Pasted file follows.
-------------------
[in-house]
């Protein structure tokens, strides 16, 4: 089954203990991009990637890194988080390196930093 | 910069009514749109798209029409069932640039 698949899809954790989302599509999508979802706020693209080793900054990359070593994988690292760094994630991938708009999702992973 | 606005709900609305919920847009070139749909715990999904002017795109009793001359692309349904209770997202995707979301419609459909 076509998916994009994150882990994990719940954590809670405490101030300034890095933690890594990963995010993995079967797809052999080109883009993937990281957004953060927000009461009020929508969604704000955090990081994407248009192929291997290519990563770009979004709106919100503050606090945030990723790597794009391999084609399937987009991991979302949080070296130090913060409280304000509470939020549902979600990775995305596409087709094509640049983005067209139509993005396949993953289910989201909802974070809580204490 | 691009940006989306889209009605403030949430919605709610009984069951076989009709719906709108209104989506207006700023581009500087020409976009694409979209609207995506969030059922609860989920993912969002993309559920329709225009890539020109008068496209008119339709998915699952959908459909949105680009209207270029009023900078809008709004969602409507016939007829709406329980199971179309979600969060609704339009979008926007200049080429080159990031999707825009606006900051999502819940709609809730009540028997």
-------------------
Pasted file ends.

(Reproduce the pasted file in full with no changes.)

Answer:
[in-house]
């Protein structure tokens, strides 16, 4: 089954203990991009990637890194988080390196930093 | 910069009514749109798209029409069932640039 698949899809954790989302599509999508979802706020693209080793900054990359070593994988690292760094994630991938708009999702992973 | 606005709900609305919920847009070139749909715990999904002017795109009793001359692309349904209770997202995707979301419609459909 076509998916994009994150882990994990719940954590809670405490101030300034890095933690890594990963995010993995079967797809052999080109883009993937990281957004953060927000009461009020929508969604704000955090990081994407248009192929291997290519990563770009979004709106919100503050606090945030990723790597794009391999084609399937987009991991979302949080070296130090913060409280304000509470939020549902979600990775995305596409087709094509640049983005067209139509993005396949993953289910989201909802974070809580204490 | 691009940006989306889209009605403030949430919605709610009984069951076989009709719906709108209104989506207006700023581009500087020409976009694409979209609207995506969030059922609860989920993912969002993309559920329709225009890539020109008068496209008119339709998915699952959908459909949105680009209207270029009023900078809008709004969602409507016939007829709406329980199971179309979600969060609704339009979008926007200049080429080159990031999707825009606006900051999502819940709609809730009540028997």